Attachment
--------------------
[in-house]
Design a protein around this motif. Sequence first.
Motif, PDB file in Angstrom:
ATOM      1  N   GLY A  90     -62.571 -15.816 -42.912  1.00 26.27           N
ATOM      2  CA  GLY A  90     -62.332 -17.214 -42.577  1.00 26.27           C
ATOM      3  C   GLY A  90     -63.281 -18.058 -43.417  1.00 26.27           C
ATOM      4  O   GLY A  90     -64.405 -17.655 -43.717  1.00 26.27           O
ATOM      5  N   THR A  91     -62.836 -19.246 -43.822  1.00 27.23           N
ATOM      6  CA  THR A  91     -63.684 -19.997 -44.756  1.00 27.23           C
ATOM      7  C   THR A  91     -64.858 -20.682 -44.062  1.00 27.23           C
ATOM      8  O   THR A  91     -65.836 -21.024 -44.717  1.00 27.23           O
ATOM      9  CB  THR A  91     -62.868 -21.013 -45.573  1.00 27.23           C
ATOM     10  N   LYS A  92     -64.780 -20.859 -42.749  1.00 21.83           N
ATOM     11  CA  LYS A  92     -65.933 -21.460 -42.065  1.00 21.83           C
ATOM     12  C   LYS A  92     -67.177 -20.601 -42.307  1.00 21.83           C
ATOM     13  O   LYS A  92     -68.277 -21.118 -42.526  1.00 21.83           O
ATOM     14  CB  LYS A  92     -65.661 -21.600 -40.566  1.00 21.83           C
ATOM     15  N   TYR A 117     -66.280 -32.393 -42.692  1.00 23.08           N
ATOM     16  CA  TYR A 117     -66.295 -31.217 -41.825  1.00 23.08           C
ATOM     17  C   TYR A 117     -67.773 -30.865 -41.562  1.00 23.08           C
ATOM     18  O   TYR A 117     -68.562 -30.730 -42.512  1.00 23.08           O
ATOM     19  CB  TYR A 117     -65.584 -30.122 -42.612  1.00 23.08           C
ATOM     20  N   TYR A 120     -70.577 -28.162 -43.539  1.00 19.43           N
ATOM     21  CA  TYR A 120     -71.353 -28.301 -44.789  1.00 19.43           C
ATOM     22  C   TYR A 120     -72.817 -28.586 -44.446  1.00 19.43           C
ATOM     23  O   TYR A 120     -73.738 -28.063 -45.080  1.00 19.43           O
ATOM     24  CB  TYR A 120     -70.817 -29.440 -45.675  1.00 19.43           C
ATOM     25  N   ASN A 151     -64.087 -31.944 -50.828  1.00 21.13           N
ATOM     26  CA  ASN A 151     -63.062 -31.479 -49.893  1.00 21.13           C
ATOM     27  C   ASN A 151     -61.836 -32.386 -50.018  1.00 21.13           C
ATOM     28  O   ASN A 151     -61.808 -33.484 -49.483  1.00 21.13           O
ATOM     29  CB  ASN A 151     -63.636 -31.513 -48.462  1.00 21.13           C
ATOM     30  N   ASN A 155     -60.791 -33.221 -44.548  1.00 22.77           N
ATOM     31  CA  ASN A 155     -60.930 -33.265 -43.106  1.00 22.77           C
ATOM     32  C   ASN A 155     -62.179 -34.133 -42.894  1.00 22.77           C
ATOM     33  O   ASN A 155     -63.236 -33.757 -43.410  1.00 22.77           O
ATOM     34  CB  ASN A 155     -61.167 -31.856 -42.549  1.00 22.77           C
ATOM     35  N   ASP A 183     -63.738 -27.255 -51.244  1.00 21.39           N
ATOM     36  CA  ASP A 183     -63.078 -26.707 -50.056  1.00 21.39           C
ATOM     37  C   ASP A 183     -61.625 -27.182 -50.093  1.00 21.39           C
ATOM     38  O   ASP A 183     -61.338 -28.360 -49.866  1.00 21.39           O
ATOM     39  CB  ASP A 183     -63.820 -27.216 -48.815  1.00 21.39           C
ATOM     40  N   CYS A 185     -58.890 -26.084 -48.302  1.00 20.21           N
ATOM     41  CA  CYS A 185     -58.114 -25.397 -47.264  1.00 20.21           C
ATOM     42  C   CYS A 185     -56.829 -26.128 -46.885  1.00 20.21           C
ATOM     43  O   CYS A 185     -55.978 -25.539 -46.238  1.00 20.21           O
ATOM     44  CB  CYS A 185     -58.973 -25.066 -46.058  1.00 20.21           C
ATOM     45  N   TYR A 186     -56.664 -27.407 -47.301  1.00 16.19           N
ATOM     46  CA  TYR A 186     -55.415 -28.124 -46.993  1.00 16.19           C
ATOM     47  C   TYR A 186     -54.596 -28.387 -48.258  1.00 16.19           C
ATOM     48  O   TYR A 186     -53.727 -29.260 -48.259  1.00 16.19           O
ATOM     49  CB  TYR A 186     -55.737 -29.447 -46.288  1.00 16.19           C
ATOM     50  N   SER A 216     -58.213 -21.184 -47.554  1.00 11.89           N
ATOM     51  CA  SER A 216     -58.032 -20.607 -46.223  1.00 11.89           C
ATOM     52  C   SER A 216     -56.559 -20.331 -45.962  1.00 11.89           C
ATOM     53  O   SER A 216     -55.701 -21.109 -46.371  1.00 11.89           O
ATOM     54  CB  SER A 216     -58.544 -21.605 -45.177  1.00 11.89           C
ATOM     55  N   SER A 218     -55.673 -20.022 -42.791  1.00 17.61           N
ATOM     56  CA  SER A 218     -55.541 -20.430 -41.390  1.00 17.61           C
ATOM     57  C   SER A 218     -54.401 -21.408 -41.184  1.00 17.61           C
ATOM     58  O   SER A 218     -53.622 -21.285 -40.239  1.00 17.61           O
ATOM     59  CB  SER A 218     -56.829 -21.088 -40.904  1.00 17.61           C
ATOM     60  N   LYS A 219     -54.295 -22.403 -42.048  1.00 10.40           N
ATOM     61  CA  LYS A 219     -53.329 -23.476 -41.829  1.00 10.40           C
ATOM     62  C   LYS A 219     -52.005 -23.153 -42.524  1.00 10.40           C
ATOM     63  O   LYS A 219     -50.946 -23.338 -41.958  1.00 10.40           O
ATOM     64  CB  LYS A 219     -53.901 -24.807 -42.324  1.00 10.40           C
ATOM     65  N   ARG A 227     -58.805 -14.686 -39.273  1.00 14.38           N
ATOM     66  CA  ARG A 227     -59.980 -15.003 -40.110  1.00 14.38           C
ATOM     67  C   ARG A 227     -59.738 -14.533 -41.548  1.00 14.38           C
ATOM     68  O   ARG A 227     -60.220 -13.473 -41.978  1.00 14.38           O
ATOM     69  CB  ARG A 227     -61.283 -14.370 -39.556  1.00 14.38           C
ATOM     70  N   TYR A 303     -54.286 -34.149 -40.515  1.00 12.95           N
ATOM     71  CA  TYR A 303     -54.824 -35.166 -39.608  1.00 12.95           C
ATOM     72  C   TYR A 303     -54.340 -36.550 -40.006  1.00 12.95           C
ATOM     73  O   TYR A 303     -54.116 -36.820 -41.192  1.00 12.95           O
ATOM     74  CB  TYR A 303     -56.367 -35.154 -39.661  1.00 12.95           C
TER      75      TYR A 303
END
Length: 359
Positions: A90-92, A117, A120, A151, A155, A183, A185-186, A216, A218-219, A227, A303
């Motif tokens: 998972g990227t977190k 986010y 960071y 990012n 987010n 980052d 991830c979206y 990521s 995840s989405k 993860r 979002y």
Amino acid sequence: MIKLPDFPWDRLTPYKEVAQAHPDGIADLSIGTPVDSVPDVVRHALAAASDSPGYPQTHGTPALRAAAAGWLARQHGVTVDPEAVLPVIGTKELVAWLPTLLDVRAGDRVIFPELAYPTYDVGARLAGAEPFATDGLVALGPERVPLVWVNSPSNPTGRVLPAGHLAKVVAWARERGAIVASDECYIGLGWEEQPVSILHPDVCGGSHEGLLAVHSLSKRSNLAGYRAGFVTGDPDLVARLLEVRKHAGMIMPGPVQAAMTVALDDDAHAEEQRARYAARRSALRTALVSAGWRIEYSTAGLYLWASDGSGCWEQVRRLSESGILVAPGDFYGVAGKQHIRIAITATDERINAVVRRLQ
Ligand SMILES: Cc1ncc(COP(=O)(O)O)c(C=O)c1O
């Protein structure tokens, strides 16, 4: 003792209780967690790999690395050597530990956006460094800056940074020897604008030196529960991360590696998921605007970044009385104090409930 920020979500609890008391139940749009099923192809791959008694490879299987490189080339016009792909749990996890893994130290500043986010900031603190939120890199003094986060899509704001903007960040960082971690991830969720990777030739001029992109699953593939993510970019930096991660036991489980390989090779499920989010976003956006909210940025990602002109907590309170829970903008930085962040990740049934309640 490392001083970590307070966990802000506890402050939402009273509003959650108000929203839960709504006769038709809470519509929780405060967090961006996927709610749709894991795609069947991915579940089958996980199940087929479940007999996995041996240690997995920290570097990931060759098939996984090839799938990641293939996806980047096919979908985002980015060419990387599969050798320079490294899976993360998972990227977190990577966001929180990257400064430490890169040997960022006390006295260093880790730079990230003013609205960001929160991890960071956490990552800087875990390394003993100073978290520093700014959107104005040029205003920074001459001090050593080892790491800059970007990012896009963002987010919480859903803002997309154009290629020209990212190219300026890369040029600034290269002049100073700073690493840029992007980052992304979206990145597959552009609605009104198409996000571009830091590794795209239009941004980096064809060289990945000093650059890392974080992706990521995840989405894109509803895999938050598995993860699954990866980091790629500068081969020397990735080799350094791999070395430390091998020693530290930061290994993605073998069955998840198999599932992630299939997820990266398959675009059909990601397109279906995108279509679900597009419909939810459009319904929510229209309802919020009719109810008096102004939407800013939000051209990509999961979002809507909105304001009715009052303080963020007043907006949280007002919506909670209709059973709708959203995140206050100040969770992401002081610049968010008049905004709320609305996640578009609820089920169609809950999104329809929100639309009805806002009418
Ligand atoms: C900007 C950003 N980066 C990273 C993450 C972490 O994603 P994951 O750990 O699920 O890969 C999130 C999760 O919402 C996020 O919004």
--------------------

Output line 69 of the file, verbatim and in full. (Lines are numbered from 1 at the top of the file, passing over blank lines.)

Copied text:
ATOM     66  CA  ARG A 227     -59.980 -15.003 -40.110  1.00 14.38           C